• Organisation

Nautical School Ship 'Vernon'


The Vernon was a tall ship purchased by the New South Wales Government in 1867 and converted to a Nautical School Ship. It was a reformatory and industrial school and housed more than 100 boys, training them in nautical and other trades. The Vernon was first anchored between Garden Island and the Government Domain, and from 1871 at Cockatoo Island. The Vernon was replaced by another ship, the Sobraon, in 1892.

The NSS Vernon had been a merchant vessel. In 1867 it was fitted out as an industrial school and reformatory.
NSS Vernon was the only industrial school for boys at the time.

More than 100 boys lived on board the ship, which was anchored alongside a substantial shore facility that stretched between Garden Island and the Government Domain. The shore facility included a gymnasium, a spacious recreation ground, an entertainment hall and a recreation hall.

At first boys learned nautical and industrial skills and trades, as well as receiving ‘moral training’. The intention was to fit them for seafaring. Academic lessons were part of the boys’ daily routine, although compulsory schooling for children was not introduced for the rest of New South Wales until 1880.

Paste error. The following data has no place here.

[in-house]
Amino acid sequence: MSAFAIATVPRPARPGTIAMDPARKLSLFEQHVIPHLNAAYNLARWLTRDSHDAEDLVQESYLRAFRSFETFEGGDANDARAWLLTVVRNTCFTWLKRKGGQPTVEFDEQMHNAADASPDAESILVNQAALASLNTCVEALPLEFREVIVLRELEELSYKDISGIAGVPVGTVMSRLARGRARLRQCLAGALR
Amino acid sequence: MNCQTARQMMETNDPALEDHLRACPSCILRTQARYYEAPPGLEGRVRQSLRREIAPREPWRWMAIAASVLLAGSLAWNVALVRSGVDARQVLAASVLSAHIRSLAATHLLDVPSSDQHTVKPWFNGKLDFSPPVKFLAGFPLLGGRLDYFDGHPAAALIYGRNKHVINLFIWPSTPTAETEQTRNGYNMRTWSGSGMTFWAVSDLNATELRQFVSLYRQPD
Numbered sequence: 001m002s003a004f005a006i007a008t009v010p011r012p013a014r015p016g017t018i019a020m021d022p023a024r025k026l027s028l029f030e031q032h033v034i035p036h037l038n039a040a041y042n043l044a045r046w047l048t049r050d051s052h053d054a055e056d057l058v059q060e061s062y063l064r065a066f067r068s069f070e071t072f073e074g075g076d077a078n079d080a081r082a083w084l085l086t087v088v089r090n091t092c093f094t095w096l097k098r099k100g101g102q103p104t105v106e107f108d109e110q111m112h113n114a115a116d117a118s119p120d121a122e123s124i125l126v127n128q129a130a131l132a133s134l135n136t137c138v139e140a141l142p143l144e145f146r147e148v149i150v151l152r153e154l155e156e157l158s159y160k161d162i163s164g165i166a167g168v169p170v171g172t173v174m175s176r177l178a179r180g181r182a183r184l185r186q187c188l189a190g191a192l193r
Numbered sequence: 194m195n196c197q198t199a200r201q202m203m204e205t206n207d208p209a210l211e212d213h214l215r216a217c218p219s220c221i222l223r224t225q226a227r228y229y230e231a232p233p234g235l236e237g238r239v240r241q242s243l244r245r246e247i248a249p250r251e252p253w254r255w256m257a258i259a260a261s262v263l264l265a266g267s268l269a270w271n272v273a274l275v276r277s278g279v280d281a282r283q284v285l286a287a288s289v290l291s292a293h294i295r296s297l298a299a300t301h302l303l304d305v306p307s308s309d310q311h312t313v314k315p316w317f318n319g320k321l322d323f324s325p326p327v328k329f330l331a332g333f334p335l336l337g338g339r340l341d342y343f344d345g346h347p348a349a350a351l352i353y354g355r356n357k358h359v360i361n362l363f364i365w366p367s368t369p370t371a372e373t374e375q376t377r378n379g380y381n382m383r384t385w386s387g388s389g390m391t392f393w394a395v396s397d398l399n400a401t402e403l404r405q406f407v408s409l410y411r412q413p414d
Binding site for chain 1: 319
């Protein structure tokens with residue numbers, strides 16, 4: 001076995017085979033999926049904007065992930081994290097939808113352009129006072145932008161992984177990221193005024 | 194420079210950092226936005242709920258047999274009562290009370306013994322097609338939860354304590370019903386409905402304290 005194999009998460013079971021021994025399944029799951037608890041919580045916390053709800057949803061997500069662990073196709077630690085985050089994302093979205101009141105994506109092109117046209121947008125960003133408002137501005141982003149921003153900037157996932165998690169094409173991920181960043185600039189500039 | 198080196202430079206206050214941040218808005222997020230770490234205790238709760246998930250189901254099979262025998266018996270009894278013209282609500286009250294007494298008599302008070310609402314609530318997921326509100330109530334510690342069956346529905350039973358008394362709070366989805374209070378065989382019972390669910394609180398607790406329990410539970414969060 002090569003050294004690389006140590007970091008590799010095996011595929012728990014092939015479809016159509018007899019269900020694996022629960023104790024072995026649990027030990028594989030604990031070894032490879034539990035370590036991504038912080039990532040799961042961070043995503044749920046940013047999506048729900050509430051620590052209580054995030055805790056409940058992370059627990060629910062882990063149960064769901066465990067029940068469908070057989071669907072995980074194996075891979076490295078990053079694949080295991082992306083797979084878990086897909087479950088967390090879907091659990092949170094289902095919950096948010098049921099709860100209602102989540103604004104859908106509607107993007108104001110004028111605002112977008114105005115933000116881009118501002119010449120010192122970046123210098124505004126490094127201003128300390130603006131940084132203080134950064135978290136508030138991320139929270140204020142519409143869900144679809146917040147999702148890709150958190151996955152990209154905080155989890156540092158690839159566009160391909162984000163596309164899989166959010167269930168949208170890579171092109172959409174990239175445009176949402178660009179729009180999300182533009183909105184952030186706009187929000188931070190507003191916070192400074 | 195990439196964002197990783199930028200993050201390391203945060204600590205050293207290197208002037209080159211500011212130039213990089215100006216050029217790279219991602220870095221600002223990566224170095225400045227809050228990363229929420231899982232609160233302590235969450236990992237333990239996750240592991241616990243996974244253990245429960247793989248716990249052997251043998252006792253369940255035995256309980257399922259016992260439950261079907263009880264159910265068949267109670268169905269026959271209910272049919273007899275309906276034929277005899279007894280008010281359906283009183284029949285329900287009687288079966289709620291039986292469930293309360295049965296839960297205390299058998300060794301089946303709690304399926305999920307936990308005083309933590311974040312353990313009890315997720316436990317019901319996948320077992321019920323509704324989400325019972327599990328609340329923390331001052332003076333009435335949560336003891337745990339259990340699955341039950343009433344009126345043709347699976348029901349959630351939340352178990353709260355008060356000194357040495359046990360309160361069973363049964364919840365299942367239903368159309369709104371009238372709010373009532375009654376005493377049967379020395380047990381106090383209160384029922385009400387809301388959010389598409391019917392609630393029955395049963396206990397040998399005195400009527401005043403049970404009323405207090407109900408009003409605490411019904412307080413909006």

In 1871 Vernon was moved to a new mooring at Cockatoo Island. From 1878, under the guidance of Superintendent Frederick William Neitenstein, boys were given proper schooling, physical drills and a system of grades and privileges. They did, however, fraternise with the girls in Biloela, next door on Cockatoo Island, causing problems until the girls were relocated to Parramatta.

Sarah Luke (2020) writes about a typical morning for boys on the Vernon:

Sleeping in neat rows of hammocks, the boys – in their hundreds – would turn out at five o’clock in the morning. Their bedding would be lashed up, and taken out onto the main deck to air in the sea breeze.

In small divisions, they would be told off in turn to begin their washing. This was done in iron tubs on the main deck, with several boys to each. To make matters even colder, the ship’s washdown parties would then be piped, and the deck would be washed by half of the cohort, while the other worked at clearing the various decks. The pump boys in charge of the seawater were often not too careful to avoid splashing their friends, who were provided with a half coconut husk each to scrub the deck.

Breakfast – oats, warm milk and bread with butter – would then be piped and all hands would retire, stiff but grateful, to the mess.

Vernon was replaced by Sobraon in 1892. Vernon then was sold and scuttled in Kerosene Bay.

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  • Alternative Names

    Vernon Training Ship


    NSS Vernon


  • 1867 - 1871

    N.S.S. Vernon was moored at Garden Island, New South Wales (Building Demolished)

  • 1871 - 1892

    N.S.S. Vernon was moored at Cockatoo Island, New South Wales (Building Demolished)



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